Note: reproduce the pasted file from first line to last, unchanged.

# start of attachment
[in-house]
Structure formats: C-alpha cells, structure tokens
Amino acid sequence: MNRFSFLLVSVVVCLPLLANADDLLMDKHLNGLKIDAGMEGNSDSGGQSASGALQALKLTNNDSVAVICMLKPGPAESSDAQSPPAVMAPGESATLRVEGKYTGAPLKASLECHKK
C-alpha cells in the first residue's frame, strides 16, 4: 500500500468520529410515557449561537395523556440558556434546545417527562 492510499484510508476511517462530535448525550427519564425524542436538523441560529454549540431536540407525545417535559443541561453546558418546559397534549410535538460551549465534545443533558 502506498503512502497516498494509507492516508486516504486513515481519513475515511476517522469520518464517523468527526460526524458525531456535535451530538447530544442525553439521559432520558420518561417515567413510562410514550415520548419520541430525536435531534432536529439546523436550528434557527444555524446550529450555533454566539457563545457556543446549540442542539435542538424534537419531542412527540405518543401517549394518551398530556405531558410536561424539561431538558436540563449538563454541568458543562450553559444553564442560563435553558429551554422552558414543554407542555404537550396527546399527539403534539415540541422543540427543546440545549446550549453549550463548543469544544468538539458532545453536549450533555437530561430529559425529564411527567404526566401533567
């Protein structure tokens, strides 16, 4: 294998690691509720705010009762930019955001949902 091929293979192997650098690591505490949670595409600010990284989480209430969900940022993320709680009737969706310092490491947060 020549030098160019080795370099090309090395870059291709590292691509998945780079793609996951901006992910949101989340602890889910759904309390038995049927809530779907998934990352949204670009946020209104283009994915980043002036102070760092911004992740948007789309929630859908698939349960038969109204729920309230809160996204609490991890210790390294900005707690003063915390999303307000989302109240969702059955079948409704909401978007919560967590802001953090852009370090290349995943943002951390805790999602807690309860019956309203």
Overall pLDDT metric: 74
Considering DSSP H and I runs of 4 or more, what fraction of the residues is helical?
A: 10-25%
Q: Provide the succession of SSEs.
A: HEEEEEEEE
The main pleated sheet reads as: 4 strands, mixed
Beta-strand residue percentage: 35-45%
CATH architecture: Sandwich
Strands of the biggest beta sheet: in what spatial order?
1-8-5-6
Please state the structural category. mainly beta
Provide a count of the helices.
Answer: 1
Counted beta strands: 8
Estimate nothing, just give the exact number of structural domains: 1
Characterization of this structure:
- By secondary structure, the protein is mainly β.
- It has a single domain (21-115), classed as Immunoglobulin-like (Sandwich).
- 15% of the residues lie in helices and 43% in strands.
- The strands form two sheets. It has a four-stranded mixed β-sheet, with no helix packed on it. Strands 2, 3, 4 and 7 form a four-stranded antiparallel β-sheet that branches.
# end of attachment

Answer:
[in-house]
Structure formats: C-alpha cells, structure tokens
Amino acid sequence: MNRFSFLLVSVVVCLPLLANADDLLMDKHLNGLKIDAGMEGNSDSGGQSASGALQALKLTNNDSVAVICMLKPGPAESSDAQSPPAVMAPGESATLRVEGKYTGAPLKASLECHKK
C-alpha cells in the first residue's frame, strides 16, 4: 500500500468520529410515557449561537395523556440558556434546545417527562 492510499484510508476511517462530535448525550427519564425524542436538523441560529454549540431536540407525545417535559443541561453546558418546559397534549410535538460551549465534545443533558 502506498503512502497516498494509507492516508486516504486513515481519513475515511476517522469520518464517523468527526460526524458525531456535535451530538447530544442525553439521559432520558420518561417515567413510562410514550415520548419520541430525536435531534432536529439546523436550528434557527444555524446550529450555533454566539457563545457556543446549540442542539435542538424534537419531542412527540405518543401517549394518551398530556405531558410536561424539561431538558436540563449538563454541568458543562450553559444553564442560563435553558429551554422552558414543554407542555404537550396527546399527539403534539415540541422543540427543546440545549446550549453549550463548543469544544468538539458532545453536549450533555437530561430529559425529564411527567404526566401533567
């Protein structure tokens, strides 16, 4: 294998690691509720705010009762930019955001949902 091929293979192997650098690591505490949670595409600010990284989480209430969900940022993320709680009737969706310092490491947060 020549030098160019080795370099090309090395870059291709590292691509998945780079793609996951901006992910949101989340602890889910759904309390038995049927809530779907998934990352949204670009946020209104283009994915980043002036102070760092911004992740948007789309929630859908698939349960038969109204729920309230809160996204609490991890210790390294900005707690003063915390999303307000989302109240969702059955079948409704909401978007919560967590802001953090852009370090290349995943943002951390805790999602807690309860019956309203």
Overall pLDDT metric: 74
Considering DSSP H and I runs of 4 or more, what fraction of the residues is helical?
A: 10-25%
Q: Provide the succession of SSEs.
A: HEEEEEEEE
The main pleated sheet reads as: 4 strands, mixed
Beta-strand residue percentage: 35-45%
CATH architecture: Sandwich
Strands of the biggest beta sheet: in what spatial order?
1-8-5-6
Please state the structural category. mainly beta
Provide a count of the helices.
Answer: 1
Counted beta strands: 8
Estimate nothing, just give the exact number of structural domains: 1
Characterization of this structure:
- By secondary structure, the protein is mainly β.
- It has a single domain (21-115), classed as Immunoglobulin-like (Sandwich).
- 15% of the residues lie in helices and 43% in strands.
- The strands form two sheets. It has a four-stranded mixed β-sheet, with no helix packed on it. Strands 2, 3, 4 and 7 form a four-stranded antiparallel β-sheet that branches.